MONROVIA – Normal academic activities at Nimba County University have come to a standstill since January and continue to be suspended due to insufficient budgetary allotment from the national government since the university was elevated from a community college to university status.
By Franklin Doloquee/Nimba County
The head of the aggrieved faculty association at the university, Theophilus Younquoi, told reporters that they have expressed their concerns, but the government’s refusal to increase the university’s budget has led to their actions. He explained that their action would continue until their demands were met.
Younquoi stated that Nimba University was elevated to a full degree-granting university by an act of legislation in 2022, but since then, the university has not received sufficient financial support from the central government to run the university. The faculty, along with the administration, has lobbied with the Nimba legislative caucus and the Ministry of Finance for an increase in the budgetary allotment, but their efforts have yielded no results.
Younquoi lamented that the university is the second-highest tertiary public institution in the Republic of Liberia, with 19 different degree-granting programs, the highest number of enrolments, and more employees. Yet, the university received the least budgetary allotment in the 2021/2022 fiscal year. He accused the government of providing more budgetary allotment to the State University (University of Liberia), which received about 17,600.00 United States dollars, while the Tubman University in Maryland County received 5,500.00 United States dollars, and Nimba University received only 1,177.064 United States dollars.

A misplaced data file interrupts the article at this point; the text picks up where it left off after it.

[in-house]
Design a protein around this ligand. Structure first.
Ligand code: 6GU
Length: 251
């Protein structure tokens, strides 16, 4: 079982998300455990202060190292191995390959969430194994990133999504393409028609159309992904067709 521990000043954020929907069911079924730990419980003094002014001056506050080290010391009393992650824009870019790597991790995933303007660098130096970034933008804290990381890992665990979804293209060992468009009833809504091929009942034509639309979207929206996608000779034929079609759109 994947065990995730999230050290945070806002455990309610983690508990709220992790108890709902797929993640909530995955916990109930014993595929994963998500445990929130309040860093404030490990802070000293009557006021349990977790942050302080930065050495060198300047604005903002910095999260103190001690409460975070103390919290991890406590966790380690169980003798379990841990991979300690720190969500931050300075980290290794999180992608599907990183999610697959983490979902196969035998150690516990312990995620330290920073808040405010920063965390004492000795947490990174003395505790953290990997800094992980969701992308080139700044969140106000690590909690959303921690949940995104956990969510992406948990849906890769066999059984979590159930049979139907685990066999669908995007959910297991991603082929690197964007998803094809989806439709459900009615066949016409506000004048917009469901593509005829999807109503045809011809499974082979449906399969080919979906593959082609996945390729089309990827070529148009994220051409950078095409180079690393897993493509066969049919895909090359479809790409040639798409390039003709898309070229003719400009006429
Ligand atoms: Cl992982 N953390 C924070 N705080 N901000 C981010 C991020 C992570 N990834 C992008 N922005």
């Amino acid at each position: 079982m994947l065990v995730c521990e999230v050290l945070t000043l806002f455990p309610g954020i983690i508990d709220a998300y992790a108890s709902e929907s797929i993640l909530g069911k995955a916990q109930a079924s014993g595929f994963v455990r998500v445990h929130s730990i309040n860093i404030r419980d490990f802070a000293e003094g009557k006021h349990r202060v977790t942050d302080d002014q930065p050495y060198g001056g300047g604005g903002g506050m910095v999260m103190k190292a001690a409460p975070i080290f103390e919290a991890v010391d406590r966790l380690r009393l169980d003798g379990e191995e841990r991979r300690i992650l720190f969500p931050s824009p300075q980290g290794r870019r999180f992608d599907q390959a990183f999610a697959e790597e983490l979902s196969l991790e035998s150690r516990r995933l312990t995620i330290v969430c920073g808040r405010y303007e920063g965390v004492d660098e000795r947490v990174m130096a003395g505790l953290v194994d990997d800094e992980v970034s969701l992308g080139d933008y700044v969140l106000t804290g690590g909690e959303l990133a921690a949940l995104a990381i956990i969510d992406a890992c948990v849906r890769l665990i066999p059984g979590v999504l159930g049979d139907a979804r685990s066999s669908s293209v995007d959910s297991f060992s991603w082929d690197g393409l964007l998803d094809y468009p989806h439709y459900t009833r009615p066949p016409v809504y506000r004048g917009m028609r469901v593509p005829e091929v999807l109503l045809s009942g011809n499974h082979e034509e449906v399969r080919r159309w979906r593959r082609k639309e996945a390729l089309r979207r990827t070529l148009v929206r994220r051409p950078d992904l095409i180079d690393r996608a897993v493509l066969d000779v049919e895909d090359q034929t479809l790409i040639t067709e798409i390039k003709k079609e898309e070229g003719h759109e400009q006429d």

The faculty is exerting all efforts to lobby members of the Nimba Legislature caucus and other stakeholders for an increment in the pending budget of 2023. However, they have not been able to secure such an allotment, which led them to go slow since January up to the present.
Our Nimba County correspondent has gathered reports that the university administration submitted a total budget of 5,999.00 for the 2023 budget year, but they were only able to receive half of the said allotment. The head of the Nimba County University faculty association noted that they have engaged the authorities responsible for such action for redress, but they were unable to seek support from the government, which led them to embark on such a strike, which has lasted for more than three months as they still demand more budgetary allotment from the national government towards the university.
When contacted, the president of Nimba County University, Dr Jessa Noah Mongrue, expressed hope that the government would increase the university’s budget. It was also reported that the president of the university lacked a vehicle to use since he took over the institution.